Diff files: what are hunks and how to extract them?

First, I will introduce the patchfile format, then how to split up a patch up into multiple patch files, either by filenames or hunks.

I’m going to use the term patchfile for the output of the diff(1) command, which filenames are usually .diff suffixed, eg mypatch.diff

What is a patchfile?

When comparing 2 files, the diff(1) command tries to record differences as groups of differing lines, and uses common lines to anchor these groups within the files. Such groups are called hunks of difference.

Example of a patchfile with 3 hunks (they are prefixed by @@):

$ diff -u group.orig group
--- group.orig	2014-02-04 19:38:20.800277081 +0100
+++ group	2014-02-04 19:38:33.366452009 +0100
@@ -1,5 +1,4 @@
@@ -7,8 +6,6 @@
@@ -17,8 +14,6 @@

You have noticed an extra header line:

--- group.orig	2014-02-04 19:38:20.800277081 +0100
+++ group	2014-02-04 19:38:33.366452009 +0100

Because a patchfile can contain differences of several files, each set of hunks starts with a similar two-line header, to indicate the source and the modified file to which the next hunks are related to. The timestamps are the modification time of each file.

The patchfile above is in unified format (diff -u option), bigger than the default normal context format below, but it adds the context lines needed by patch(1) to correctly apply the patchfile.

$ diff group.orig group
< bin:x:1:root,bin,daemon
< kmem:x:9:
< wheel:x:10:root,user1
< http:x:33:
< games:x:50:user1,user2

The meld GUI tool helps to clearly outline the 3 hunks:


Description of the hunk header, with the 3rd hunk:

@@ -17,8 +14,6 @@
  • -17 : from file (/tmp/group.orig), hunk context starts from the 17th line
  • ,8 : the hunk is 8 lines long
  • +14 : to file (/tmp/group), hunk context starts from the 14th line
  • ,6 : the hunk is 6 lines long

The context becomes obvious: 3 lines around the differences, this is the default diff(1) context.

Extracting hunks

The patch command does not allow to select the hunks to apply, only all hunks as a whole. Given the above example, it’s not possible to only apply the third hunk or only the first one.

However it’s sometimes handy to apply:

  • Only the huks related to a specific set of files
  • Only the hunks related to cosmetic changes
  • For a specific file, only the last hunk

I’ve still not found a way to do that directly with the patch(1) and diff(1), but I’ve found a trick: splitting out the hunks of a patchfile to separate files, one per hunk, or one per patched file.

Splitpatch is a tool to automate this process.


Let’s take a realworld example from CFEngine repository:

splitpatch splits a patch that is supposed to patch multiple files into a set of patches. Currently splits unified diff patches. If the –hunk option is given, a new file is created for each hunk. If the –fullname option is given, new files are named using the full path of the patch to avoid duplicates in large projects.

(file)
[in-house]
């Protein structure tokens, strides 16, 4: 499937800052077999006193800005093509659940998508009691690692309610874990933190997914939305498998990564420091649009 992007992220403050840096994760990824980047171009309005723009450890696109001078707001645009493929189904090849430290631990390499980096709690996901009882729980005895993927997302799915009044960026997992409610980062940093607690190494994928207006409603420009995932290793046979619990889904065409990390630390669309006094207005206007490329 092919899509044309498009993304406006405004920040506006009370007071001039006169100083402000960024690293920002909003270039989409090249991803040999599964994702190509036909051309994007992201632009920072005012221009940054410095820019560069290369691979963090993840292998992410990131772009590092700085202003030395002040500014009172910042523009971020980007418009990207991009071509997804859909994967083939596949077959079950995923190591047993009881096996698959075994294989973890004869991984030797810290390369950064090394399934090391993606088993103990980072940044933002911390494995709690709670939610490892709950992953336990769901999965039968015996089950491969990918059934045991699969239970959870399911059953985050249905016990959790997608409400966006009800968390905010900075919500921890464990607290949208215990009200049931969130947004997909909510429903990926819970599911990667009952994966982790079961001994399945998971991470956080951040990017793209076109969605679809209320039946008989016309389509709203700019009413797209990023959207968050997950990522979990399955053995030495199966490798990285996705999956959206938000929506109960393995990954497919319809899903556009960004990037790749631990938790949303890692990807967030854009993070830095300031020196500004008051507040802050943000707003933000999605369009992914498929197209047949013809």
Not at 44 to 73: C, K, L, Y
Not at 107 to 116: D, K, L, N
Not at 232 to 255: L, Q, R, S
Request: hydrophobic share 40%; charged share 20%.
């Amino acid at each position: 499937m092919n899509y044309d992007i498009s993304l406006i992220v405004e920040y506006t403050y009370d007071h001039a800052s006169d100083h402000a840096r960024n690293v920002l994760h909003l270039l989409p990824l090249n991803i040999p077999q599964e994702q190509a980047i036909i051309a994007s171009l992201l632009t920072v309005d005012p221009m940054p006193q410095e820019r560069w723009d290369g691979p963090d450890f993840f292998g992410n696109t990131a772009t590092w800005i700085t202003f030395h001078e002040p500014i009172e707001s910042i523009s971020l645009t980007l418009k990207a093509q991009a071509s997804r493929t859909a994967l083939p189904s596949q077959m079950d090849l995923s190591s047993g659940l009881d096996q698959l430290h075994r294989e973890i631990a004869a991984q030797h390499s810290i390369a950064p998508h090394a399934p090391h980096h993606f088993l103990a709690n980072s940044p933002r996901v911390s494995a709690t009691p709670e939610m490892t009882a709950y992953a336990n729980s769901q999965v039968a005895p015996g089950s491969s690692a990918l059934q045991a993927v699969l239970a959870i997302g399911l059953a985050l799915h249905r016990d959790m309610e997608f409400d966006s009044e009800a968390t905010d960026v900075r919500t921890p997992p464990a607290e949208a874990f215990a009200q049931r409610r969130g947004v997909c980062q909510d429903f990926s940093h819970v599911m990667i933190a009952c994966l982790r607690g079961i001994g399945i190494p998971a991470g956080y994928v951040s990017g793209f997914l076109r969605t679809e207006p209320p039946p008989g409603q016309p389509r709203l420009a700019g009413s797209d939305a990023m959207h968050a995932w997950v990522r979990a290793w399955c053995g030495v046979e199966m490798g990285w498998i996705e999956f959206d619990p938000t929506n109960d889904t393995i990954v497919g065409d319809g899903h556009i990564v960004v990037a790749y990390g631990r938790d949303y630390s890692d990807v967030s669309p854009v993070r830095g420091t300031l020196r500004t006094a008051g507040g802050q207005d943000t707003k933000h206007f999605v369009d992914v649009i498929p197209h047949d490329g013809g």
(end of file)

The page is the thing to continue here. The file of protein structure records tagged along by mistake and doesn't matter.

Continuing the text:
* Fetch the patchfile we are going to use, and try to get some information thanks to *diffstat(1)*

$ wget https://github.com/cfengine/core/commit/6a2972ab804e903051987564e5c9a4182bcc5c6f.patch -o original.diff $ diffstat original.diff libpromises/evalfunction.c | 101 ++++—— libutils/string_lib.c | 7 tests/acceptance/01_vars/02_functions/readstringarrayidx.cf | 59 +++++ tests/acceptance/01_vars/02_functions/readstringarrayidx.cf.txt | 4 4 files changed, 116 insertions(+), 55 deletions(-)

The *original.diff* patchfile affects 4 files, with certainly many hunks, but it's hard to be more precise without having a look at the file.

* Split *original.diff* into a set of patchfiles, grouped by file modified:

$ ./splitpatch original.diff File null.patch already exists. Renaming patch. loic@iron[0]: ~/tmp/patch $ ls -1 evalfunction.c.patch null.patch null.patch.0 original.diff splitpatch string_lib.c.patch

* Check some patchfiles to verify they are each one related to only one file:

$ diffstat evalfunction.c.patch libpromises/evalfunction.c | 101 ++++++++++++++++++++++———————– 1 file changed, 50 insertions(+), 51 deletions(-)

$ diffstat string_lib.c.patch libutils/string_lib.c | 7 +++—- 1 file changed, 3 insertions(+), 4 deletions(-)

It is even possible to get a separate patch for every hunk of *original.diff*:

$ ./splitpatch –hunks original.diff File null.0.patch already exists. Renaming patch.

$ ls -1 evalfunction.c.0.patch evalfunction.c.1.patch evalfunction.c.2.patch evalfunction.c.3.patch null.0.patch null.0.patch.0 original.diff splitpatch string_lib.c.0.patch string_lib.c.1.patch string_lib.c.2.patch

The 4 hunks related to the *evalfunction.c* file are now available separately (evalfunction.c.0.patch, evalfunction.c.1.patch, ...)

What about *null.0.patch.* files? Sounds weird, because the *original.diff* patchfile doesn't affect any *null* file, so, from where do they come from?
It happens when the patch is meant to create a new file, so the *from file* is **/dev/null**. The header of *null.0.patch* is self-explaining:

$ head -2 null.0.patch — /dev/null +++ b/tests/acceptance/01_vars/02_functions/readstringarrayidx.cf ~~~

Git patch mode

The patch mode of git-add(1) looks a bit overkill, but is a powerful tool and does the job. The idea is to selectively stage the hunks one by one, then to use git diff to generate a set of patchfiles.

Here is a good introduction to Git patch mode, so I’m not going to paraphrase it here.